This article discusses a survey done of financial institutions and consumers regarding digital onboarding. FIs are actively trying to execute this, and consumers report that they are frustrated when it doesn’t work.
The problem, of course, is determining the applicant’s
identity with the appropriate level of certainty. The second problem is
identifying what that appropriate level of certainty is given regulatory mandates:
“A majority of financial executives surveyed recognize that service gap, and are ready to address it in part through biometrics-based security, according to a report sponsored by OneSpan North America Inc., an authentication-software firm. More than 100 industry executives and 300 consumers responded to the 2019-2020 query.
Almost 70 percent of respondents at banks said that creating digital onboarding is an active project for their companies. About 35 percent said these initiatives are their top priority.
There is money behind those words, too. About 41 percent of executives said their budget for digital onboarding would increase this year, by between one percent and 10 percent. Only one percent said that their budget would fall.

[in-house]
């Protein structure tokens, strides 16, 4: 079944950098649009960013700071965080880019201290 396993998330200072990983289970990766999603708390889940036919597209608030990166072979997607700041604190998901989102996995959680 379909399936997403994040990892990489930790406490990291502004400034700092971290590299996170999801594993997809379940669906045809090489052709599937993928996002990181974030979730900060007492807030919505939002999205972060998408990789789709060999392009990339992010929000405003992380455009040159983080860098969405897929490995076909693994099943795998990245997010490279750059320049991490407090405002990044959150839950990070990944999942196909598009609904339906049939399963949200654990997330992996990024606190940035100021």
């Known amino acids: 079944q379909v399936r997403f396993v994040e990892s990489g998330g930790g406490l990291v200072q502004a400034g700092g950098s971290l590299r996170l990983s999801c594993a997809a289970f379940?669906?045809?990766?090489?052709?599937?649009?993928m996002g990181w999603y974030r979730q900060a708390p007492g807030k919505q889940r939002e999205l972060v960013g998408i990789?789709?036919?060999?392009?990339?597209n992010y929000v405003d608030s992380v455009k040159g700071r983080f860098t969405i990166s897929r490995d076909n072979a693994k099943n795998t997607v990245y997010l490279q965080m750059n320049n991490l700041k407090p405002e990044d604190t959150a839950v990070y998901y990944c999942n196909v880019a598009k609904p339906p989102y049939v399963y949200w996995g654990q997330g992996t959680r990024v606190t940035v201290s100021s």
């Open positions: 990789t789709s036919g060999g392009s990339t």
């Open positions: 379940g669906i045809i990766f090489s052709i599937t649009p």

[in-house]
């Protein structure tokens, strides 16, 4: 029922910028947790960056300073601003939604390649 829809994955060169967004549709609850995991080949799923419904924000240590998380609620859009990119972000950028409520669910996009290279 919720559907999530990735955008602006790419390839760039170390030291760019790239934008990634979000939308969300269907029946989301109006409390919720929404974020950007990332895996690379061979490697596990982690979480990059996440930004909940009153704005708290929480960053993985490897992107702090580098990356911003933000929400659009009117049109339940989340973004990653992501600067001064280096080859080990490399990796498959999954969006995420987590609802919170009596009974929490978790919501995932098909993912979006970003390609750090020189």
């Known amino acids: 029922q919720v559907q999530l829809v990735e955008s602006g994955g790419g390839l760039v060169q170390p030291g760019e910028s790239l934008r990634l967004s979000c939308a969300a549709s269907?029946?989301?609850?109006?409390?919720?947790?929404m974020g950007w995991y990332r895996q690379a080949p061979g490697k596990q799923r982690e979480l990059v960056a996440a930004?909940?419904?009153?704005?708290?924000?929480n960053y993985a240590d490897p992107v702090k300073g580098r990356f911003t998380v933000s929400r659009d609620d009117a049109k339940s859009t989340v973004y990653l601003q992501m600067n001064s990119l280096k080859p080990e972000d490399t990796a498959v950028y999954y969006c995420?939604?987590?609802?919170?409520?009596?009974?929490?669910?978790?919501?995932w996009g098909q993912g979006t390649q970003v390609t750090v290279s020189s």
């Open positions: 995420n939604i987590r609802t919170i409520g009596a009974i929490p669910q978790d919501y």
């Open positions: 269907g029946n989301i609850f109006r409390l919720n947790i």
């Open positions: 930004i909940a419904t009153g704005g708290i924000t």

It is not hard to understand why.
Almost eight in 10 consumers responding to the survey said they prefer opening a bank account entirely on a phone or other computing device. The efforts of 45 percent were foiled, according to the survey.
Six in 10 bank respondents agreed that a poor experience online is the number one reason that would-be customers abandoned an online application.
Executives found that those people resented that they had to go to a branch to complete their application. Or they did not like how many channel interactions were needed to sign up online. Still others felt the onboarding process was too long.”
by Tim Sloane, VP, Payments Innovation at Mercator
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